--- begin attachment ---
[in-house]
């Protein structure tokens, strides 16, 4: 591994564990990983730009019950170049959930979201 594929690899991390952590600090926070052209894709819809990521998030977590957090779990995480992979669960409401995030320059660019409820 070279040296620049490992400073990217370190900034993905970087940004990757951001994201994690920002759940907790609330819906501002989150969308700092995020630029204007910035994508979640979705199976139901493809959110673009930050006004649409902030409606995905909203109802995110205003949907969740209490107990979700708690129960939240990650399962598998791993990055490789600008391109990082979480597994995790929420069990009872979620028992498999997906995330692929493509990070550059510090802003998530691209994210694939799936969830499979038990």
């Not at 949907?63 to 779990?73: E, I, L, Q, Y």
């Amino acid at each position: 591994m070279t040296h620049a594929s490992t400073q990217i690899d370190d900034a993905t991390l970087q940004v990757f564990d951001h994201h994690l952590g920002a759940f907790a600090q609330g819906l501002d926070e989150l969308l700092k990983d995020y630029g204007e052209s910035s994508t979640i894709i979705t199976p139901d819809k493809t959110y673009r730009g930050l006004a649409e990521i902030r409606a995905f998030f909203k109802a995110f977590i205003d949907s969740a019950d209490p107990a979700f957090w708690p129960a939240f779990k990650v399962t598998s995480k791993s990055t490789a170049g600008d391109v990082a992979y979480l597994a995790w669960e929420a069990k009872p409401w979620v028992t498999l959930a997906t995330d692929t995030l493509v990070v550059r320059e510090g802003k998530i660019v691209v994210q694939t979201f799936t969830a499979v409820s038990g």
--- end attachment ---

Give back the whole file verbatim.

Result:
[in-house]
């Protein structure tokens, strides 16, 4: 591994564990990983730009019950170049959930979201 594929690899991390952590600090926070052209894709819809990521998030977590957090779990995480992979669960409401995030320059660019409820 070279040296620049490992400073990217370190900034993905970087940004990757951001994201994690920002759940907790609330819906501002989150969308700092995020630029204007910035994508979640979705199976139901493809959110673009930050006004649409902030409606995905909203109802995110205003949907969740209490107990979700708690129960939240990650399962598998791993990055490789600008391109990082979480597994995790929420069990009872979620028992498999997906995330692929493509990070550059510090802003998530691209994210694939799936969830499979038990």
């Not at 949907?63 to 779990?73: E, I, L, Q, Y």
């Amino acid at each position: 591994m070279t040296h620049a594929s490992t400073q990217i690899d370190d900034a993905t991390l970087q940004v990757f564990d951001h994201h994690l952590g920002a759940f907790a600090q609330g819906l501002d926070e989150l969308l700092k990983d995020y630029g204007e052209s910035s994508t979640i894709i979705t199976p139901d819809k493809t959110y673009r730009g930050l006004a649409e990521i902030r409606a995905f998030f909203k109802a995110f977590i205003d949907s969740a019950d209490p107990a979700f957090w708690p129960a939240f779990k990650v399962t598998s995480k791993s990055t490789a170049g600008d391109v990082a992979y979480l597994a995790w669960e929420a069990k009872p409401w979620v028992t498999l959930a997906t995330d692929t995030l493509v990070v550059r320059e510090g802003k998530i660019v691209v994210q694939t979201f799936t969830a499979v409820s038990g």